Executive Group Travel Blog

Navigating Coronavirus in the travel industry

[fa icon="clock-o"] Mar 23, 2020 10:00:00 AM [fa icon="user"] Marci McCormack

As we try to manage the fallout from the ongoing COVID-19 crisis, we are also focusing on what we can learn from this devastating situation. Though we obviously hope we never have to face another crisis like this, it's always important to be prepared for the unexpected. 

One of the biggest take-aways we've had during this time has been the importance of working with trusted partners at every level. Having good relationships with our clients, hotel contacts, independent reps, and airline travel partners is beyond important at a time like this. The people we work with consistently understand that we are a small business trying to navigate a very difficult situation, and that now more than ever, timely payments, clear communication, and honoring of contracts makes all the difference.
 Photo by Obi Onyeador
In light of this global health crisis, here are some of the things we would do differently (or at least examine closely/potentially add to) in the contracting stages of a group program: 
  • While many airlines and travel partners are willing to work with customers, it's important to note that pandemics are typically not covered by the force majeure clauses in most hotel/travel agreements. It's also important to be familiar with the terms of your contract at the time of signing so you know your options. If a party will allow for the addition of epidemic/pandemic language in the force majeure clause, it would obviously be beneficial to do so. If not though, it's crucial to put other safeguards in place to protect you and your client in the event of a crisis. Partial force majeure is another option which would help cover situations when airlift is cancelled from a specific region to your event.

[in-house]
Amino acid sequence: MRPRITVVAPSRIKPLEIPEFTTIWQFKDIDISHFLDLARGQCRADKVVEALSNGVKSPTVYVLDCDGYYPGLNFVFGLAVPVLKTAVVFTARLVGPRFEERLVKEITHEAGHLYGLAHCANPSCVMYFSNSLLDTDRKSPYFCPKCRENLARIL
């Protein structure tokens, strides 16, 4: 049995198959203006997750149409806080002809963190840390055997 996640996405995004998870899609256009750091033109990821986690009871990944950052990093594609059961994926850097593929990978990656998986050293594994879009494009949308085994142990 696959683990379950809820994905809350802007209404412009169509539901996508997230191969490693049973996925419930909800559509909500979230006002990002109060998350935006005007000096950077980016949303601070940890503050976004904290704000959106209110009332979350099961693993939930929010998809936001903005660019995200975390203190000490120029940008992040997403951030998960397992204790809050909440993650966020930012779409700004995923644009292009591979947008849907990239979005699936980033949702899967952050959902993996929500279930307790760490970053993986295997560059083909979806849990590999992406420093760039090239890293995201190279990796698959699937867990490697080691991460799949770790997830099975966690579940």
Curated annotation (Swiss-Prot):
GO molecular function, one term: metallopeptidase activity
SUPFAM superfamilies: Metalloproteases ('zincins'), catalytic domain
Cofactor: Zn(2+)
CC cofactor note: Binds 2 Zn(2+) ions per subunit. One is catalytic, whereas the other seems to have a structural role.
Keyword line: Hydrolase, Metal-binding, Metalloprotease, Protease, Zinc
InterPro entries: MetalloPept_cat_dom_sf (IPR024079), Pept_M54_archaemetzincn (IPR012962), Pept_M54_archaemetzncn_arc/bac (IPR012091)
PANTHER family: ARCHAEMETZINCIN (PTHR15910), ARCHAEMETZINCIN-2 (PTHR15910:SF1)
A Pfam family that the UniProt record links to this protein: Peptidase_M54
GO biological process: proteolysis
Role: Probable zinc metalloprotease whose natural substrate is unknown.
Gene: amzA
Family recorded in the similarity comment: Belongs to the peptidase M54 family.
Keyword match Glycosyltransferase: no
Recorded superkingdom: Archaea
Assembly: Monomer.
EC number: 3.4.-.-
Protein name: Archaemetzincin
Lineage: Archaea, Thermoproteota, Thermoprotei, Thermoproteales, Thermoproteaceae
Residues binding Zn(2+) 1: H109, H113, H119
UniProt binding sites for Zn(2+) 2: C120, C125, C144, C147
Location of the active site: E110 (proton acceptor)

• One way to add some coverage/flexibility is to clearly outline the rescheduling options in the contract. Adding verbiage about a cancellation fee waiver in the case of a complete reschedule (within a certain time frame) helps preserve options for the client in the event of a disaster not covered by force majeure. Ensure your contract mentions that both parties will work together to find an agreed upon alternative date for the program (typically, reschedules within the same calendar year will be honored without issue; if possible, request 16 months so the event can push to the next year).
  • As is usually the case, the more communication the better, especially in the case of a constantly evolving situation like Coronavirus. During this unpredictable time, we have taken a very proactive approach so we know what options we have before the client comes to us with questions. As reports have come in over the last few weeks, we have stayed in close touch with the hotels and our third-party flight booking service to find out all options available so we could communicate them clearly to our clients. Keeping those lines of communication open between all involved helps significantly when needing to make quick, ongoing decisions about a program, especially one that's rapidly approaching and impacts so many travelers. 
  • We are finding it's paying off to be patient and wait for updates. For example, if flights are cancelled by the airline you are more likely to receive a refund than if you cancel them proactively, which usually results in credits or vouchers for future travel. Also, with many of the hotel contracts, if the client cancelled ahead of time they were asked to pay full cancellation fees. But if there is no risk in waiting (ie, no additional cancellation fees), we recommended that our clients wait, in case the options improve. We found that by waiting, some hotels allowed events to be pushed to 2021 and others sadly closed but deposits were refunded.
With a global crisis of this magnitude, there are countless unforeseen obstacles to deal with, but hopefully we can learn something constructive from this difficult time so we are even better prepared going forward.